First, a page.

An ambitious idea that slightly misses the mark.

IF YOU WERE NIGHT

A child explores a busy nocturnal world.

“If you were the night / and you saw the moon / tiptoe past your window,” begins this poetic story, “would you nestle under the covers? / Or would you stretch and rise / and step out, too?” The beige-skinned child in a gray, hooded jumpsuit observes a host of nighttime animals and joins in their activities; a raccoon rooting through trash, frogs singing, an owl hunting. The gorgeous, shadowy illustrations leap off the pages, three-dimensional paper constructions that manage to balance the darkness of night with the brightness of nature. The text attempts an ethereal style, reminiscent of Julie Fogliano’s If I Was the Sunshine (illustrated by Loren Long, 2009), but never quite makes the leap into the loveliness it’s clearly aiming for. The central conceit, personifying “you” as “night,” is promising but also stops short of making sense; night does not “skitter like a startled mouse,” “shrink from the cold,” or “hide behind a shadow,” and a sudden shift to first person, in the form of a quiet deer, never resolves. Despite these issues, the overall tone of the book and the calming, soothing arc, will help this find some success as a bedtime story. (This book was reviewed digitally with 10-by-18-inch double-page spreads viewed at 19% of actual size.)

An ambitious idea that slightly misses the mark. (Picture book. 3-7)

Pub Date: Sept. 1, 2020

ISBN: 978-1-5253-0014-1

Page Count: 32

Publisher: Kids Can

Review Posted Online: June 3, 2020

Kirkus Reviews Issue: June 15, 2020

Did you like this book?

No Comments Yet

Hee haw.

Reader Votes

  • Readers Vote
  • 30

Our Verdict

  • Our Verdict
  • GET IT

  • IndieBound Bestseller

THE WONKY DONKEY

The print version of a knee-slapping cumulative ditty.

In the song, Smith meets a donkey on the road. It is three-legged, and so a “wonky donkey” that, on further examination, has but one eye and so is a “winky wonky donkey” with a taste for country music and therefore a “honky-tonky winky wonky donkey,” and so on to a final characterization as a “spunky hanky-panky cranky stinky-dinky lanky honky-tonky winky wonky donkey.” A free musical recording (of this version, anyway—the author’s website hints at an adults-only version of the song) is available from the publisher and elsewhere online. Even though the book has no included soundtrack, the sly, high-spirited, eye patch–sporting donkey that grins, winks, farts, and clumps its way through the song on a prosthetic metal hoof in Cowley’s informal watercolors supplies comical visual flourishes for the silly wordplay. Look for ready guffaws from young audiences, whether read or sung, though those attuned to disability stereotypes may find themselves wincing instead or as well.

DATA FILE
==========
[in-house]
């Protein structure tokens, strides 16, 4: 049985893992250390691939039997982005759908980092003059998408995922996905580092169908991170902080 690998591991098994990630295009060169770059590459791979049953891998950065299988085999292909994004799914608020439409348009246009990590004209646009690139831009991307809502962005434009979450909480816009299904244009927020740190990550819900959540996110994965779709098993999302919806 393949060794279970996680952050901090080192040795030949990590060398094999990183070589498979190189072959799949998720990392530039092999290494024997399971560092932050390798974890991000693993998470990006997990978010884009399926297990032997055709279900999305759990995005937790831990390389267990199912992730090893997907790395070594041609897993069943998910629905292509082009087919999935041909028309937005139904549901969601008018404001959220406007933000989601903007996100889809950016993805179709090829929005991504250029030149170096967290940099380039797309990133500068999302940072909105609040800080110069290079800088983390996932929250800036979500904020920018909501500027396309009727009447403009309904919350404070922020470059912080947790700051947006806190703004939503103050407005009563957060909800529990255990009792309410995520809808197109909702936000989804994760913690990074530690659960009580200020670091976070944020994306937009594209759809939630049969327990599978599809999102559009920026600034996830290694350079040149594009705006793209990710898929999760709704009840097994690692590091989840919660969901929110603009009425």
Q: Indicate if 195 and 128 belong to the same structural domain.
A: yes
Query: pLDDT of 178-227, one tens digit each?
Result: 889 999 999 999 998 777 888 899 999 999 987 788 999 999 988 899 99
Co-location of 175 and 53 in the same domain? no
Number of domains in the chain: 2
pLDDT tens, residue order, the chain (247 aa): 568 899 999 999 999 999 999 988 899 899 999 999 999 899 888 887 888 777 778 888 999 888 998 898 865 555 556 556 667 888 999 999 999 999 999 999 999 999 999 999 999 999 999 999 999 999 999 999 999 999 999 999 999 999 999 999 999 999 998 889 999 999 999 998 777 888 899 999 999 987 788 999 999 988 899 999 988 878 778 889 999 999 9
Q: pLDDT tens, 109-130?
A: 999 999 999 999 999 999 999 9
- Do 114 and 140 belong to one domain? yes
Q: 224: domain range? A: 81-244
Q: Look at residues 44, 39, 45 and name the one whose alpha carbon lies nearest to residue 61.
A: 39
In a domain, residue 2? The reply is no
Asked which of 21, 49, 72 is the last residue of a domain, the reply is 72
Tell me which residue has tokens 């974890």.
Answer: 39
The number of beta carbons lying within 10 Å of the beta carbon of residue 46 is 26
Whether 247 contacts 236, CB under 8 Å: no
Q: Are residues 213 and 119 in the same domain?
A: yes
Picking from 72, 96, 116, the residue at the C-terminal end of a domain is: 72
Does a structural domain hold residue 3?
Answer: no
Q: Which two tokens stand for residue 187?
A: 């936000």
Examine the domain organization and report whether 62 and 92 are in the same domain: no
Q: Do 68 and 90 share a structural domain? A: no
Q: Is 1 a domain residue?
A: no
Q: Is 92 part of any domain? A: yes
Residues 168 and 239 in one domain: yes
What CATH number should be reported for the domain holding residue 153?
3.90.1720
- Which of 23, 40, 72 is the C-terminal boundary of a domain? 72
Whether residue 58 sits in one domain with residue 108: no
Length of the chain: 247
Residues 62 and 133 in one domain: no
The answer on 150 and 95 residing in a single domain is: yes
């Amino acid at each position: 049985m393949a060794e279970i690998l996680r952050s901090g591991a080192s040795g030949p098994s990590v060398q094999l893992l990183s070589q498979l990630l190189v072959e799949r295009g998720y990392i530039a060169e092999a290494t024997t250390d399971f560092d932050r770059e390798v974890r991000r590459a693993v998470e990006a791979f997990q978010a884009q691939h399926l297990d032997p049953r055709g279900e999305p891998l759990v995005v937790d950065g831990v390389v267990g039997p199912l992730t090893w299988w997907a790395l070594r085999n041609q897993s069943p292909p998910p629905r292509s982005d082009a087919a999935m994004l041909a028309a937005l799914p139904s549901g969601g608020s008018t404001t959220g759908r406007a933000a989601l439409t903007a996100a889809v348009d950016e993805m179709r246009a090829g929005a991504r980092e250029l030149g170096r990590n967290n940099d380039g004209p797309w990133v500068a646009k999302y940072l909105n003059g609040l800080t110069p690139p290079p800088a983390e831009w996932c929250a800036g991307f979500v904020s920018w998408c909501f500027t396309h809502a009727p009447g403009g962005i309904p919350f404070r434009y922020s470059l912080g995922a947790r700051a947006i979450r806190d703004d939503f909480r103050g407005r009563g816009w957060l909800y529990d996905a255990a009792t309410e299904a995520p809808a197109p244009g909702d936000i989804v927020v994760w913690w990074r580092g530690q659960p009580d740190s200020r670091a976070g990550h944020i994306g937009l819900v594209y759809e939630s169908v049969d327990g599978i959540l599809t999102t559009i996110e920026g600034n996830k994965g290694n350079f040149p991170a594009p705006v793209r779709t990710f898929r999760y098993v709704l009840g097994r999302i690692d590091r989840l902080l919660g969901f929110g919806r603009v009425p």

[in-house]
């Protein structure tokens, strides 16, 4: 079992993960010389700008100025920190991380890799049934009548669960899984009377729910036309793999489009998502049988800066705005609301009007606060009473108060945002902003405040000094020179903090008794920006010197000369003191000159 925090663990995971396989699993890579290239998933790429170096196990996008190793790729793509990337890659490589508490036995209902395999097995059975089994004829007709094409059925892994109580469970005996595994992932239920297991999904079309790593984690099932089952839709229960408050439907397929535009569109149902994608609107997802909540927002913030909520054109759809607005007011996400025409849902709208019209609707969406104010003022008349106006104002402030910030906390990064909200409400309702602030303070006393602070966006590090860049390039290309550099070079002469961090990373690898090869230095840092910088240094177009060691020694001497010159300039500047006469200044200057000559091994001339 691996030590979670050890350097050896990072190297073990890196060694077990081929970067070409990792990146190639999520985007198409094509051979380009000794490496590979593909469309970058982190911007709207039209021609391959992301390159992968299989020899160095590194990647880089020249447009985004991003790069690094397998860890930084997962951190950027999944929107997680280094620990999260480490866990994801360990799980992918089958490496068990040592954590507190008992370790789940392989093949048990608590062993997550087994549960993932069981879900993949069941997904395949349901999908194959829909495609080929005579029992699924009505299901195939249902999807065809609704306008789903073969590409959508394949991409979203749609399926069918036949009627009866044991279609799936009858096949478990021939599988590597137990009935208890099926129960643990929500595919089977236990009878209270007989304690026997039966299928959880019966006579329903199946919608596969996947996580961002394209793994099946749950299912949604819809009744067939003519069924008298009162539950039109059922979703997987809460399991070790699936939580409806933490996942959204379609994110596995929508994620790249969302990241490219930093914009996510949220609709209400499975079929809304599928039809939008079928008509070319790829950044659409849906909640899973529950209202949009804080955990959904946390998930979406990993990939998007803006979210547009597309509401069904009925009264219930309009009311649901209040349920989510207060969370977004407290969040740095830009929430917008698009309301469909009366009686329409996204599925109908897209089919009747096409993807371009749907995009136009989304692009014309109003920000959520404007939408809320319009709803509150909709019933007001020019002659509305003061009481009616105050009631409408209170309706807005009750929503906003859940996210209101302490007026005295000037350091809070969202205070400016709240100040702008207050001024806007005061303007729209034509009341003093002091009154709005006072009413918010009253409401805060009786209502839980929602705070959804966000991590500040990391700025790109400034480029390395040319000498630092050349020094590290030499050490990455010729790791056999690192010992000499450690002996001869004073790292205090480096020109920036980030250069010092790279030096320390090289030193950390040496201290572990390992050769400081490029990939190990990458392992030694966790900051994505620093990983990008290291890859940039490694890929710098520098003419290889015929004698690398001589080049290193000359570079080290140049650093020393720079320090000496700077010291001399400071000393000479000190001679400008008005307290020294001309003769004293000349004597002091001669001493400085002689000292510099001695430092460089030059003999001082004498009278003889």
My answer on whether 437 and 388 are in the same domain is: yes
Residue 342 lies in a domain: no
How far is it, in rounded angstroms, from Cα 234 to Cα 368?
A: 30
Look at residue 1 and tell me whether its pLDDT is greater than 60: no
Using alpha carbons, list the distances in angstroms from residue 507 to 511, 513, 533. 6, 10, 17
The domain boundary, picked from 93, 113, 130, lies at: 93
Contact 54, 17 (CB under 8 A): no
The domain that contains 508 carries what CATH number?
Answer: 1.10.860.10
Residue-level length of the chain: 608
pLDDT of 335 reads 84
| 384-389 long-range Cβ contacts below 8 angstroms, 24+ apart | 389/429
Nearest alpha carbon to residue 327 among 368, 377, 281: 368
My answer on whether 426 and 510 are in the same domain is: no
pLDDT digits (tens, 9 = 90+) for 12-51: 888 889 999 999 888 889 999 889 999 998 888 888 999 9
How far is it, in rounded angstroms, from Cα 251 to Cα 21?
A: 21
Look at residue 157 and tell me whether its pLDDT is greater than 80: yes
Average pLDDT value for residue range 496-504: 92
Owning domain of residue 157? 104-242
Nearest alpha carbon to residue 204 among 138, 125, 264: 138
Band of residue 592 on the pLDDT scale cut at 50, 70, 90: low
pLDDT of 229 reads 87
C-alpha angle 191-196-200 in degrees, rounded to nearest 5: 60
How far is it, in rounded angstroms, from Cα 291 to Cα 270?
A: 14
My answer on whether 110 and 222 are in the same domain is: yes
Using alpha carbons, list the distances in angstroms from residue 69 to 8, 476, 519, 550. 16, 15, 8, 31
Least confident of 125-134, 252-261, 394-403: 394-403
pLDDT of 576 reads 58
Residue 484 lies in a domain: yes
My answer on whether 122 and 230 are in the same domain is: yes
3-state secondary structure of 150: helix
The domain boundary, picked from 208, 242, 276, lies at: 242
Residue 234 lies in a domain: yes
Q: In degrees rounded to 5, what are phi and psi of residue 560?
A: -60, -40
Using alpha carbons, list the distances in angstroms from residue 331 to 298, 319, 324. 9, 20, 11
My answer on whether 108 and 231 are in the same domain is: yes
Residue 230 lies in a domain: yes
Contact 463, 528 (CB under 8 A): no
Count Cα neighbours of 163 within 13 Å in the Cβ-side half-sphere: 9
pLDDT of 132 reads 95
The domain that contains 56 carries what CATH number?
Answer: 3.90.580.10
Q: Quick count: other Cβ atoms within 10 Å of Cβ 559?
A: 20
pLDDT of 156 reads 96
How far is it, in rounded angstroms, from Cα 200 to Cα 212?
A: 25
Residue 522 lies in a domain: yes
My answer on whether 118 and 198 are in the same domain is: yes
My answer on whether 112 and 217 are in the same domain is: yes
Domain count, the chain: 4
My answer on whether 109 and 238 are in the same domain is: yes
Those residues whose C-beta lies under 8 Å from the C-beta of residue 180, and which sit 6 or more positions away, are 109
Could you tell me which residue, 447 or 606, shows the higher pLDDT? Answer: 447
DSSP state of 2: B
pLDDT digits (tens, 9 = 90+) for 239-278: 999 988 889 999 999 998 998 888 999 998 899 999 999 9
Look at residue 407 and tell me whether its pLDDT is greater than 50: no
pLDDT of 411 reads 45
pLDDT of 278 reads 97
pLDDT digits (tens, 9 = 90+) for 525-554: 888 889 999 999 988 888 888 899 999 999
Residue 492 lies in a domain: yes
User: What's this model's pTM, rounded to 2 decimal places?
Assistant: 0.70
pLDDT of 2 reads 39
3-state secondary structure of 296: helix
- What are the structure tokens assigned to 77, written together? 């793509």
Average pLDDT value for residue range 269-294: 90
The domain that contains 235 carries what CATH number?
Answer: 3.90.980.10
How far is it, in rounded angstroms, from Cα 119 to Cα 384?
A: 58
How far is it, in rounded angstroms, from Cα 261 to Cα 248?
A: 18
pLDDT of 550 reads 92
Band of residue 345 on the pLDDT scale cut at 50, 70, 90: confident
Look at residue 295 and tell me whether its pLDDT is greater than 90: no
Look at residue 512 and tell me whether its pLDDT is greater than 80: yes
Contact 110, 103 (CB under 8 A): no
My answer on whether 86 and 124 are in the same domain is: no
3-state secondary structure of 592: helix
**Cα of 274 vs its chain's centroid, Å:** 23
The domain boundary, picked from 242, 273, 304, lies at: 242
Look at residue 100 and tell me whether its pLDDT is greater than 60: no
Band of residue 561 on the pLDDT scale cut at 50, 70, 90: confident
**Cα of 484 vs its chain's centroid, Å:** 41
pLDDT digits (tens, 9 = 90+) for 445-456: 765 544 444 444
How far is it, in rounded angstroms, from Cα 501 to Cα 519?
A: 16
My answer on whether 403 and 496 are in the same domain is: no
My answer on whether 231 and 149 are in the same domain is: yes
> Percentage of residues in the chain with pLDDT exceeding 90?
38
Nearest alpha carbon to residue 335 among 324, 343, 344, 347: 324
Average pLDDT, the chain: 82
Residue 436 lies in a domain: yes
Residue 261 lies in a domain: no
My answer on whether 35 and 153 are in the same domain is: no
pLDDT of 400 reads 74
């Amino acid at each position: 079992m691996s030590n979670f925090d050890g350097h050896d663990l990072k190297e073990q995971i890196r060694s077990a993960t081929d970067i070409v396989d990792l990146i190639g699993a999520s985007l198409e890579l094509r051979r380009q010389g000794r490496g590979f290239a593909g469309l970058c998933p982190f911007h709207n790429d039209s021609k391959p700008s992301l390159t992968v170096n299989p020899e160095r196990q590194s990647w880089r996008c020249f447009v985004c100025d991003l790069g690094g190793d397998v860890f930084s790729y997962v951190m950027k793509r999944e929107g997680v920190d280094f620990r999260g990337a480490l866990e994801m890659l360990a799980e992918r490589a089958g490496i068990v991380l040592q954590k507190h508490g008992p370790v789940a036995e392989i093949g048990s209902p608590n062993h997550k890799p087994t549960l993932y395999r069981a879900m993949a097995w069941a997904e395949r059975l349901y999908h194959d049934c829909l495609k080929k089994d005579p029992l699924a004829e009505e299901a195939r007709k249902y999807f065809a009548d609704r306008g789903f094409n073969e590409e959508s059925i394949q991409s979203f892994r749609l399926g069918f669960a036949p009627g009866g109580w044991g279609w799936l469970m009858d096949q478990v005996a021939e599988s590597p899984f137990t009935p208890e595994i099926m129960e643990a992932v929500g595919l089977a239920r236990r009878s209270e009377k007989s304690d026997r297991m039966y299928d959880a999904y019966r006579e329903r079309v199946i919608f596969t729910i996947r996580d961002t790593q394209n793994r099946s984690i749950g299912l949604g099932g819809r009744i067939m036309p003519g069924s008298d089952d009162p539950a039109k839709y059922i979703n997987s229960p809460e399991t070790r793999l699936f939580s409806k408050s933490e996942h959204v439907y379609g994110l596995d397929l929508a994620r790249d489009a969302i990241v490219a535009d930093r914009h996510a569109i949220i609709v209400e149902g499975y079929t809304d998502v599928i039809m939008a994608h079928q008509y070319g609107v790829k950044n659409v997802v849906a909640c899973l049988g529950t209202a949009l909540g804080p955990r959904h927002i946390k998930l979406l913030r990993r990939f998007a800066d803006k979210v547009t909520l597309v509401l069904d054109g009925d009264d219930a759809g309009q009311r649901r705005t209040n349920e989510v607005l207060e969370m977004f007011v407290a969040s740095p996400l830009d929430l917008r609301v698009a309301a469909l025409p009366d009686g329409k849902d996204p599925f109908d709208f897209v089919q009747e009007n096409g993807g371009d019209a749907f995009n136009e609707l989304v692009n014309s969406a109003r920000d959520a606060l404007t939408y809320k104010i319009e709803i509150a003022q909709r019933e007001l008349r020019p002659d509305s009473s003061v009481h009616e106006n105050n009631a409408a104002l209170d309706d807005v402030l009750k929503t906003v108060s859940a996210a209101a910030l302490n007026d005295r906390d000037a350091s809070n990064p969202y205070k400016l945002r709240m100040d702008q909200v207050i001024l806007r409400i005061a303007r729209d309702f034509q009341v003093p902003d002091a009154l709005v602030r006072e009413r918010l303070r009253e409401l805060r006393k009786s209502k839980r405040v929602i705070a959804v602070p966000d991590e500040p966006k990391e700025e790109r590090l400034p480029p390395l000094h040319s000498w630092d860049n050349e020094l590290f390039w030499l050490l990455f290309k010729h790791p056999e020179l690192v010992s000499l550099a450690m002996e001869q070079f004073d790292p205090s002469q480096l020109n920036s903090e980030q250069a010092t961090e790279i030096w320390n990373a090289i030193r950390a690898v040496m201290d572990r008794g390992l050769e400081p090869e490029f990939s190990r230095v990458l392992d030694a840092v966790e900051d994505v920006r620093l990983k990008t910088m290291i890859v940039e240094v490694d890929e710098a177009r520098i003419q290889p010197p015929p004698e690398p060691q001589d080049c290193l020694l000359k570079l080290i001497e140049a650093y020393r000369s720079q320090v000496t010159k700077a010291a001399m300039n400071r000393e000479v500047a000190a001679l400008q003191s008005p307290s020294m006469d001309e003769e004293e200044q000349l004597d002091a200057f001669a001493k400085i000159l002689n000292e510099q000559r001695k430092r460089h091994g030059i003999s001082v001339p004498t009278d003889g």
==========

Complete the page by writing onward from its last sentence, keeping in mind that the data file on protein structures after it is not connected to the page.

Hee haw. (Picture book. 5-7)

Pub Date: May 1, 2010

ISBN: 978-0-545-26124-1

Page Count: 26

Publisher: Scholastic

Review Posted Online: Dec. 29, 2018

Did you like this book?

A sweet, tender and charming experience to read aloud or together.

HEY, DUCK!

A clueless duckling tries to make a new friend.

He is confused by this peculiar-looking duck, who has a long tail, doesn’t waddle and likes to be alone. No matter how explicitly the creature denies he is a duck and announces that he is a cat, the duckling refuses to acknowledge the facts.  When this creature expresses complete lack of interest in playing puddle stomp, the little ducking goes off and plays on his own. But the cat is not without remorse for rejecting an offered friendship. Of course it all ends happily, with the two new friends enjoying each other’s company. Bramsen employs brief sentences and the simplest of rhymes to tell this slight tale. The two heroes are meticulously drawn with endearing, expressive faces and body language, and their feathers and fur appear textured and touchable. Even the detailed tree bark and grass seem three-dimensional. There are single- and double-page spreads, panels surrounded by white space and circular and oval frames, all in a variety of eye-pleasing juxtapositions. While the initial appeal is solidly visual, young readers will get the gentle message that friendship is not something to take for granted but is to be embraced with open arms—or paws and webbed feet.

A sweet, tender and charming experience to read aloud or together. (Picture book. 3-6)

Pub Date: Jan. 22, 2013

ISBN: 978-0-375-86990-7

Page Count: 40

Publisher: Random House

Review Posted Online: Nov. 14, 2012

Kirkus Reviews Issue: Dec. 1, 2012

Did you like this book?

No Comments Yet
more